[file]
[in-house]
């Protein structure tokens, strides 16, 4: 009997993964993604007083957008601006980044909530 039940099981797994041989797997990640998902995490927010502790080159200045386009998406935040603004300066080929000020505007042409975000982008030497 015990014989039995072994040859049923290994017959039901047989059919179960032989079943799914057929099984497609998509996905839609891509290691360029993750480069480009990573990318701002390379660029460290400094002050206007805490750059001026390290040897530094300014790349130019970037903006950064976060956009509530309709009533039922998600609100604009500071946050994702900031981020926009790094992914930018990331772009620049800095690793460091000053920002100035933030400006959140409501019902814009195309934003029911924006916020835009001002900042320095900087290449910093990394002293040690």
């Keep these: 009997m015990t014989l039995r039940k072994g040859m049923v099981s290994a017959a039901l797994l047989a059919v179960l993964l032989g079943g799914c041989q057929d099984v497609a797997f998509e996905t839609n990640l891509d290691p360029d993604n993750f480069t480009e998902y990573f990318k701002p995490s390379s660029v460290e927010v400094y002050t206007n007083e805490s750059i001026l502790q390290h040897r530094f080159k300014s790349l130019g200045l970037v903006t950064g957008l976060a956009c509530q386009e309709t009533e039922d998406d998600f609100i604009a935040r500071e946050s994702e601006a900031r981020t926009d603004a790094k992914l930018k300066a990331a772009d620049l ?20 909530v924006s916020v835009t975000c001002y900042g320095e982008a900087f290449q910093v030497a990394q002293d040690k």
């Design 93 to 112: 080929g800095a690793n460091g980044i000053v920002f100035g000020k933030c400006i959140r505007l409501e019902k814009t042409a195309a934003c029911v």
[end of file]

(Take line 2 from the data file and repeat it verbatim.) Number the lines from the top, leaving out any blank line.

């Protein structure tokens, strides 16, 4: 009997993964993604007083957008601006980044909530 039940099981797994041989797997990640998902995490927010502790080159200045386009998406935040603004300066080929000020505007042409975000982008030497 015990014989039995072994040859049923290994017959039901047989059919179960032989079943799914057929099984497609998509996905839609891509290691360029993750480069480009990573990318701002390379660029460290400094002050206007805490750059001026390290040897530094300014790349130019970037903006950064976060956009509530309709009533039922998600609100604009500071946050994702900031981020926009790094992914930018990331772009620049800095690793460091000053920002100035933030400006959140409501019902814009195309934003029911924006916020835009001002900042320095900087290449910093990394002293040690």